Rodgers's management training in Chicago paid off as he quickly rose through the ranks at KNXT-TV—from executive producer to news director to station manager in a few years. One of the people he worked under during his tenure at the station was Van Gordon Sauter, who would later become president of CBS News.
In November of 1983, Sauter, already president of CBS News, asked Rodgers to assume executive production duties for the network's pre-dawn newscast Nightwatch. Six months later, Rodgers was promoted to executive producer of the weekend edition of the CBS Evening News. "More than any other time in the business," he told Broadcasting, "I felt that I was doing good as opposed to doing well. To cover the world and put it in a cohesive, understandable fashion was the greatest thrill in the world."
Just when Rodgers thought he had found a niche where he could stay for a time, he was called upon in November of 1985 to help save the struggling CBS Morning News. As executive producer, Rodgers promised to expand the appeal of the program and improve its dismal ratings. Unfortunately, he never had the opportunity to put his plan into action. After only three months, he took what Broadcasting called "the most politically sensitive assignment of his career."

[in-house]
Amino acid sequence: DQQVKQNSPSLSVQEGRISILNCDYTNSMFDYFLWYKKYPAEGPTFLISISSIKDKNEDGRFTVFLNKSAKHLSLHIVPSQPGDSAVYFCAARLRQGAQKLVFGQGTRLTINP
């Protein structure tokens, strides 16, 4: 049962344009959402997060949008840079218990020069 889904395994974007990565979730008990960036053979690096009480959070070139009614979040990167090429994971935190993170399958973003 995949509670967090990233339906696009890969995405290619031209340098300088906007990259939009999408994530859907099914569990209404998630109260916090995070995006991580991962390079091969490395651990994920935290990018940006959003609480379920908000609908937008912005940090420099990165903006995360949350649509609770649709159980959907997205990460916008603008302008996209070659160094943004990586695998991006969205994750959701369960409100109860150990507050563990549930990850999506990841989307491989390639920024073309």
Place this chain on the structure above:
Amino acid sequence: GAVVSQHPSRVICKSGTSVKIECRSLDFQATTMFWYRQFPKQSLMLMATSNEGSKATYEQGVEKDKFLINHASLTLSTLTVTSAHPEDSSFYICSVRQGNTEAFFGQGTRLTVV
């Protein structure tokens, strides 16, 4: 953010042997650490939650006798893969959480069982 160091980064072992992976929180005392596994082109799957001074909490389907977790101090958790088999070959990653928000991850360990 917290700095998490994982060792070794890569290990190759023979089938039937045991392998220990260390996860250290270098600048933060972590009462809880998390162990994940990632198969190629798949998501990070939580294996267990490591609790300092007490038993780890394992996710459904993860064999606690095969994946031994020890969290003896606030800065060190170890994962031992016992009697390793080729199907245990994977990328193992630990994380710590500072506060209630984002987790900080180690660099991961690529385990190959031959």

Back in October of 1985, CBS affiliate WBBM-TV in Chicago demoted its black weekday anchor, Harry Porterfield, to a weekend anchor position so that former CBS Morning News anchor Bill Kurtis, a white journalist, could have his old job back. This action, along with the station's dismal record on minority hiring, angered the black community. Together with Jesse Jackson and Operation PUSH (People United to Serve Humanity, a civil rights group), many African Americans in Chicago started picketing WBBM-TV's offices twice a week and urged black viewers to stop watching the station's programs.